Richard Burt and Dimitri Simes discuss U.S. relations with Russia and China:
Many critics of China and Russia—for example, Robert Kagan, a Romney adviser whose work is also cited by Obama—argue that since Moscow and Beijing often act against U.S. interests, working with them will not produce results, and getting tough will not create new problems. This is dangerously flawed thinking.
Neither China nor Russia shares American values or particularly desires to defer to American interests. Neither has been a genuinely reliable U.S. partner, but neither wants to provoke America. Each appears to value a good relationship with Washington and seeks to avoid unnecessary conflicts. Among other things, China and Russia each have a major stake in the health of the international economy, of which the United States is a key driver.
Kagan has a record of underestimating the dangers of provoking Russia. I recall a conversation he had with Fukuyama on bloggingheads several years ago in which he dismissed Russian objections to recognizing Kosovo’s independence, and pretended not to understand why Russia had an interest in Kosovo. Of course, Kosovo recognition was one of the factors that contributed to the tensions leading up to the August 2008 war, which began the week after Kagan made these statements. Fukuyama correctly identified recognition of Kosovo and Bush’s missile defense proposal as two things that needlessly harmed relations with Russia, and he argued that the U.S. should avoid these needless provocations in order to acquire cooperation from Russia on more important issues.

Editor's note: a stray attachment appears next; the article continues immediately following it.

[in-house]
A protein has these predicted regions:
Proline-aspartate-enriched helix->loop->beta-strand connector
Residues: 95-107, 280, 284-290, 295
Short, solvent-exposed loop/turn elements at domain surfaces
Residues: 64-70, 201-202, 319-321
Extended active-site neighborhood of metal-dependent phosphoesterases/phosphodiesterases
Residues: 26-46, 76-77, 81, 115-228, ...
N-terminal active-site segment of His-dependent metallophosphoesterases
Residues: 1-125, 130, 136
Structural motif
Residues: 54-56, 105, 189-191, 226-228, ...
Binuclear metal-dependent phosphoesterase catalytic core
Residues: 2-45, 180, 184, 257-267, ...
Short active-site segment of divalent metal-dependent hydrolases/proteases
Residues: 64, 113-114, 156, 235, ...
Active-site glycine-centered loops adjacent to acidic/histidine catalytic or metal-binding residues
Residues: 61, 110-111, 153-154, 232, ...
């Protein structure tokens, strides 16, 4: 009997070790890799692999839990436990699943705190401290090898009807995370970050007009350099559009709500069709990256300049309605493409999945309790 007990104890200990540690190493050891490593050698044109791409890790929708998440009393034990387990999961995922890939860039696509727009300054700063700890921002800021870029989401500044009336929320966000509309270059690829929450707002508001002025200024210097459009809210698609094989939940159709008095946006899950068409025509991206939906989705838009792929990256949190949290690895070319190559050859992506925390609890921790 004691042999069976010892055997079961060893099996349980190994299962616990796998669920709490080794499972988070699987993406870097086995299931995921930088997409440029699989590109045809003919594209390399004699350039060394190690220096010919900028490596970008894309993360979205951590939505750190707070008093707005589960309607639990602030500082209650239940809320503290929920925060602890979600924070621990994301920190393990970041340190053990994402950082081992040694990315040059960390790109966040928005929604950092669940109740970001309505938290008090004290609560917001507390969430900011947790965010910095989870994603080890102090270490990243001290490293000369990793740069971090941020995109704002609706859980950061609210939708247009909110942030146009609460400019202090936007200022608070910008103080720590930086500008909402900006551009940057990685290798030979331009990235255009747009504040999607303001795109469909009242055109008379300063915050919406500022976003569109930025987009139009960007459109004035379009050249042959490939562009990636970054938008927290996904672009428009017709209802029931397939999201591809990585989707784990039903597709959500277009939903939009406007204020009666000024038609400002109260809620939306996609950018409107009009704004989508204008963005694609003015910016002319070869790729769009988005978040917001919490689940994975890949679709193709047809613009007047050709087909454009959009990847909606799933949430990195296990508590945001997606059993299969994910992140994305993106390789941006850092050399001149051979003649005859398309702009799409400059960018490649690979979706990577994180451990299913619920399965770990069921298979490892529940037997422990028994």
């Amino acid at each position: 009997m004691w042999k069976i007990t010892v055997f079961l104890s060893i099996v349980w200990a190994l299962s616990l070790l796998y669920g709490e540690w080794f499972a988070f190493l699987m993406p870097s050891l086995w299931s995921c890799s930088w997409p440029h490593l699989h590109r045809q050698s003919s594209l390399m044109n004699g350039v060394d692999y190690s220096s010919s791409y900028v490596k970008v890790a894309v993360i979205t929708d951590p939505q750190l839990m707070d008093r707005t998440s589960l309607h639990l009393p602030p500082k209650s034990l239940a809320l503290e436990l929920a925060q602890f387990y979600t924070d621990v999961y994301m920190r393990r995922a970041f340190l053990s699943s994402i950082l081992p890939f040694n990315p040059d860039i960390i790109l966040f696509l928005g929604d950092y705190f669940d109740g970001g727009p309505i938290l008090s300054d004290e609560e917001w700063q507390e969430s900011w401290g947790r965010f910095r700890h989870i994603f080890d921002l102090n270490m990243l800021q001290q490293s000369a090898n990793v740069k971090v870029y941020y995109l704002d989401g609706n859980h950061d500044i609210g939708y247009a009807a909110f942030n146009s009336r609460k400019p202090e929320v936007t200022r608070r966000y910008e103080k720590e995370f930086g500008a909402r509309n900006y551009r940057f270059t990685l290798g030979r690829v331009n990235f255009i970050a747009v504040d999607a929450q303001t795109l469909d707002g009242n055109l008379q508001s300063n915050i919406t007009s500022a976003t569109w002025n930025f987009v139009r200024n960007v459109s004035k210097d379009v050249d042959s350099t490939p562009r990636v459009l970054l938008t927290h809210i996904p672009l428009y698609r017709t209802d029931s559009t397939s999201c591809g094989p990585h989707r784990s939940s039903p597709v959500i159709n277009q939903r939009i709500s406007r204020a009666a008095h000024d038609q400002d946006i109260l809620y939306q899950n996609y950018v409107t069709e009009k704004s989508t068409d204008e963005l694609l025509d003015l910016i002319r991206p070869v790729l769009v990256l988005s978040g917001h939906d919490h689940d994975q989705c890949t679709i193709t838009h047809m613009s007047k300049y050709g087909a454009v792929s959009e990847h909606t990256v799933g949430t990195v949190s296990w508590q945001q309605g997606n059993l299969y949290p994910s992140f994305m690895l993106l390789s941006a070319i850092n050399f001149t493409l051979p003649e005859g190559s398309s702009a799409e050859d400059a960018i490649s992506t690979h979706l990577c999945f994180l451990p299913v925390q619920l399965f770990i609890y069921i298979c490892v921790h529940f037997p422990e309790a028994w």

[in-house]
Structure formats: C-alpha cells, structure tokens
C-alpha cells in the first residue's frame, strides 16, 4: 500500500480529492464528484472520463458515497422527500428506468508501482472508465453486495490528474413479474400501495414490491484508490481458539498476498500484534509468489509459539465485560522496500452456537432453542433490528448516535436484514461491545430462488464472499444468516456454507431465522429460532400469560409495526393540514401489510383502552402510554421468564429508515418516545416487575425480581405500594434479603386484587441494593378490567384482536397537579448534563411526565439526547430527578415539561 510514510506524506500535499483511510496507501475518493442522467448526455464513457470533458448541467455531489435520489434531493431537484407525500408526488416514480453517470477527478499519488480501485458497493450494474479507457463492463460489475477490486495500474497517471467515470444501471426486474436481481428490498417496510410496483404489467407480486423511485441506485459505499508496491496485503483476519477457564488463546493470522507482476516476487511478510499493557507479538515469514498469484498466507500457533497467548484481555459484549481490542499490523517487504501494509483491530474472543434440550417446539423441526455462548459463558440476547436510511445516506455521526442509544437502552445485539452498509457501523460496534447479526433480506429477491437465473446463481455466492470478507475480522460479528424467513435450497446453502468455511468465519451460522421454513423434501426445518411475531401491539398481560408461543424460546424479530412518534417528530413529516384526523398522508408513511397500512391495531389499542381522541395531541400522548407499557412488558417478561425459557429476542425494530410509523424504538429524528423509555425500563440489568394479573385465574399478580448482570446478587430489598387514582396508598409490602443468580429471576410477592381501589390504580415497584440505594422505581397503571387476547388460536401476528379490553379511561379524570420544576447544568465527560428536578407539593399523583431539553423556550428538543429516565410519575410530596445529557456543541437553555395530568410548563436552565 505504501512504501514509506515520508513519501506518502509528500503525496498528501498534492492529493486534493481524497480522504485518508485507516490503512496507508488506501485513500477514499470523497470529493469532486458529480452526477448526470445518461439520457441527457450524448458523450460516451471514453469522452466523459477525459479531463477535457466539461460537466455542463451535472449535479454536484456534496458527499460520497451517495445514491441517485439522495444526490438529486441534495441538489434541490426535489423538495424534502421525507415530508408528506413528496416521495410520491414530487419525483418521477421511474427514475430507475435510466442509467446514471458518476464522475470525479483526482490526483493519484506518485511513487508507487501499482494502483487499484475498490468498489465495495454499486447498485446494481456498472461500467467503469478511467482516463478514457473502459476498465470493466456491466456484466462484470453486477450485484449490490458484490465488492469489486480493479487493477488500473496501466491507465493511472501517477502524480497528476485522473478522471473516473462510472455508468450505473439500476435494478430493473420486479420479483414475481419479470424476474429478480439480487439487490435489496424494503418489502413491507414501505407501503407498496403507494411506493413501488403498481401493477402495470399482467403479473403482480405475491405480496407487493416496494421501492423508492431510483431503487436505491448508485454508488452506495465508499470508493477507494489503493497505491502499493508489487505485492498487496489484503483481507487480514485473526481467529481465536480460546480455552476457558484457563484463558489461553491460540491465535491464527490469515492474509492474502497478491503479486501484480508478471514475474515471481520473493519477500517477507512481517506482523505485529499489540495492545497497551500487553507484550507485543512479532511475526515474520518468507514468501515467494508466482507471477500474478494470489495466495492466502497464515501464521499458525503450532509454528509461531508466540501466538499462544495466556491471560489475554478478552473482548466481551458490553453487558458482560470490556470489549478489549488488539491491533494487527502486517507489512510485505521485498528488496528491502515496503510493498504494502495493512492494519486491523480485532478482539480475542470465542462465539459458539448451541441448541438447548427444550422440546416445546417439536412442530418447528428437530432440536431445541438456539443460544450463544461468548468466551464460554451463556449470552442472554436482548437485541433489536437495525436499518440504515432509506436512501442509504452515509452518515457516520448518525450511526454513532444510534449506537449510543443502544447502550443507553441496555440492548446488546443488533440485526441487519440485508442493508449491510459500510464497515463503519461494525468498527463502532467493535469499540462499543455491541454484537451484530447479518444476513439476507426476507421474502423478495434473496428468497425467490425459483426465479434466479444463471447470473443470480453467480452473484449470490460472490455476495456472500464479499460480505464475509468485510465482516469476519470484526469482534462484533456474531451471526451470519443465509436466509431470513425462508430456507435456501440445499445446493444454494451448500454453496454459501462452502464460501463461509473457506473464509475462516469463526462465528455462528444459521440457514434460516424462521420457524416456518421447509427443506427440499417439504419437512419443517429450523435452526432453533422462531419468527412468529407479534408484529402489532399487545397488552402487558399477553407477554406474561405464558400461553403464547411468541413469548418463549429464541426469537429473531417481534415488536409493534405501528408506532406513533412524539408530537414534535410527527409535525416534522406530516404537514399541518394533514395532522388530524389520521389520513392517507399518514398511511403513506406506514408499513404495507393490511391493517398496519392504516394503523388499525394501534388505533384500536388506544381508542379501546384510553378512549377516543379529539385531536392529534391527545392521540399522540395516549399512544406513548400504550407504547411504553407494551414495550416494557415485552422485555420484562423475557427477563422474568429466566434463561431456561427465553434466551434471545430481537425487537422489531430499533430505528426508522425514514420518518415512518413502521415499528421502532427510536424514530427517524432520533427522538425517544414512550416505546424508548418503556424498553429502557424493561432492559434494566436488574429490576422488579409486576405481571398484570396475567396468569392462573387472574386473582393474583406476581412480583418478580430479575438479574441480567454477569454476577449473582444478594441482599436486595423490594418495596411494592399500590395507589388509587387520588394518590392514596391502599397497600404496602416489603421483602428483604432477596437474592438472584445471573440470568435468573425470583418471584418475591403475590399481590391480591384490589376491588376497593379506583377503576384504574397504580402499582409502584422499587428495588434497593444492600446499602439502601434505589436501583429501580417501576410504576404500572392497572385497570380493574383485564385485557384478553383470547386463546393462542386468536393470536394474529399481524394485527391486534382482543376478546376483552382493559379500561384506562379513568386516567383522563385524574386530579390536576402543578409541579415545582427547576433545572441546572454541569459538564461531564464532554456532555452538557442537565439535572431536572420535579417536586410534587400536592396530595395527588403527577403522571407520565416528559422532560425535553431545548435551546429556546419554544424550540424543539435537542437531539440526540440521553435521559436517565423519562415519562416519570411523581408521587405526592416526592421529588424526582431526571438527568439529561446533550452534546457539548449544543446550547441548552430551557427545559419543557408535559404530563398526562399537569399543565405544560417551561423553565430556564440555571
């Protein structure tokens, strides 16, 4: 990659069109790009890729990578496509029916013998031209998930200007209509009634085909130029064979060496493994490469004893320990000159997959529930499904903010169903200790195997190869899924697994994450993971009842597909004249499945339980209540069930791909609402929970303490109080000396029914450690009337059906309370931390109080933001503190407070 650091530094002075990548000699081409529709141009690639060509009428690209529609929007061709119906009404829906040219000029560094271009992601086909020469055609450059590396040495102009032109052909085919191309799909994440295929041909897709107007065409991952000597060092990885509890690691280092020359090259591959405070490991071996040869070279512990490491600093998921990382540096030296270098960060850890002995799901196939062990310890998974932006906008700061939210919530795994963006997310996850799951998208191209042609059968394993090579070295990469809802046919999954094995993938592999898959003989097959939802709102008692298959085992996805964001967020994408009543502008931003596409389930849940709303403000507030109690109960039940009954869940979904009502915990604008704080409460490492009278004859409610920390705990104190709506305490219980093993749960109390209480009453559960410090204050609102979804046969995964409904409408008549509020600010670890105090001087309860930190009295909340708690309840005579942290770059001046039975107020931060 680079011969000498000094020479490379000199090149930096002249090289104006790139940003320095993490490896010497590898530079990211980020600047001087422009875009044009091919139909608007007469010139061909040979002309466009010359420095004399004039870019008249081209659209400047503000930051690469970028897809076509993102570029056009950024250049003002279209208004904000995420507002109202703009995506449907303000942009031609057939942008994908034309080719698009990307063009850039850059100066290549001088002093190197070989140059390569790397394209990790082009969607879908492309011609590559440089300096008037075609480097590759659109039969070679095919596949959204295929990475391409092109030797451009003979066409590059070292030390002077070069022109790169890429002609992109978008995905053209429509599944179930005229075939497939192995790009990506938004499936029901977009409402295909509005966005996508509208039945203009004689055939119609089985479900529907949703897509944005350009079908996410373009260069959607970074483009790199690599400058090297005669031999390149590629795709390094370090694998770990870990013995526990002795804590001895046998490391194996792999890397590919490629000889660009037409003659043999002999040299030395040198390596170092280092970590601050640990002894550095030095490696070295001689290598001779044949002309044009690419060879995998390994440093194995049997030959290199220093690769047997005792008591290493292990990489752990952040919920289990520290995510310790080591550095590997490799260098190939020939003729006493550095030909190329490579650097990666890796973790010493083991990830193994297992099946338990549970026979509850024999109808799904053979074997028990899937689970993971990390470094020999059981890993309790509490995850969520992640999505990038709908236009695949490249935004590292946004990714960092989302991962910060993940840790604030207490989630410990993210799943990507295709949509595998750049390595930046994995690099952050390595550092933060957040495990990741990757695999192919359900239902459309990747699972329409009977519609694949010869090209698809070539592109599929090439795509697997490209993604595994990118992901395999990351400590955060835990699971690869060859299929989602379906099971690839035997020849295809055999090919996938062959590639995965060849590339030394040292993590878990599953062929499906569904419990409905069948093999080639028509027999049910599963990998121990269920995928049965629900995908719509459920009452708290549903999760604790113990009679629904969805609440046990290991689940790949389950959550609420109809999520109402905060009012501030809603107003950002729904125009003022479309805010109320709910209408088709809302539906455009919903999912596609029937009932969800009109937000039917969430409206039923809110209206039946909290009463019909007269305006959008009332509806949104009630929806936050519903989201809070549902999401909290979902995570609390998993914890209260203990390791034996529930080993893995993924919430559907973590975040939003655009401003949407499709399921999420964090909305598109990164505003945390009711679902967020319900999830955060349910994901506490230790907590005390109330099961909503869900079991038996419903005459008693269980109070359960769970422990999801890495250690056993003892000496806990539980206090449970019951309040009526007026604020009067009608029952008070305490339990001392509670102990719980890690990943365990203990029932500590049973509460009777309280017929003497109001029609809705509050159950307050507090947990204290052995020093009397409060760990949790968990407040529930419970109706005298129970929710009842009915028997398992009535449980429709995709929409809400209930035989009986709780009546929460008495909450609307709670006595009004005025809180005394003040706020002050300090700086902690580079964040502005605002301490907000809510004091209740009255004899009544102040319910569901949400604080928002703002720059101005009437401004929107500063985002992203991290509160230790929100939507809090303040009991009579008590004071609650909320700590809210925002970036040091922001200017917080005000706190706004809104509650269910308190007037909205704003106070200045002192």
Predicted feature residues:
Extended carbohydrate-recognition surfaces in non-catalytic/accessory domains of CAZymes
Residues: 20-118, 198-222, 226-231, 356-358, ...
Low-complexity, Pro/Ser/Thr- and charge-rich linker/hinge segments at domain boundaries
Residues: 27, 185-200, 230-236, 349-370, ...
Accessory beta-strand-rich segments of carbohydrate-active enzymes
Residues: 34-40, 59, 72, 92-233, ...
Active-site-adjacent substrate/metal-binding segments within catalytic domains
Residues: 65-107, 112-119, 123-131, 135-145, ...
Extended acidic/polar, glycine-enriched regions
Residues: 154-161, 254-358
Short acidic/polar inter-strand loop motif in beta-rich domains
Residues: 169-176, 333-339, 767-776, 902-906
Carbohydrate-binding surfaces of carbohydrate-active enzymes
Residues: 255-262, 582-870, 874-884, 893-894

Burt and Simes are correct that it is dangerous to be gratuitously antagonistic to Russia and China, and both states do seem to be interested in avoiding unnecessary conflicts. The authors slightly overstate “the growing geopolitical collaboration” between the two, but they are right that both states are being pushed together by U.S. moves that Russia and China see as directed against them. When they mention Kagan, they describe him as a “a Romney adviser whose work is also cited by Obama,” which could mislead readers into thinking that Romney and Obama are both following Kagan’s recommendations for how to handle relations with these states. Obama apparently likes Kagan’s most recent book, which is unfortunate, but he has cited it by way of rejecting the idea that America is in decline. Of course, Kagan and Kagan’s preferred candidate have argued publicly that they believe Obama is merely “managing” American decline by conducting foreign policy in an insufficiently aggressive fashion, and they regard his Russia policy as one of his great mistakes. In short, Obama cited Kagan in an attempt to refute the charges made by Kagan’s candidate.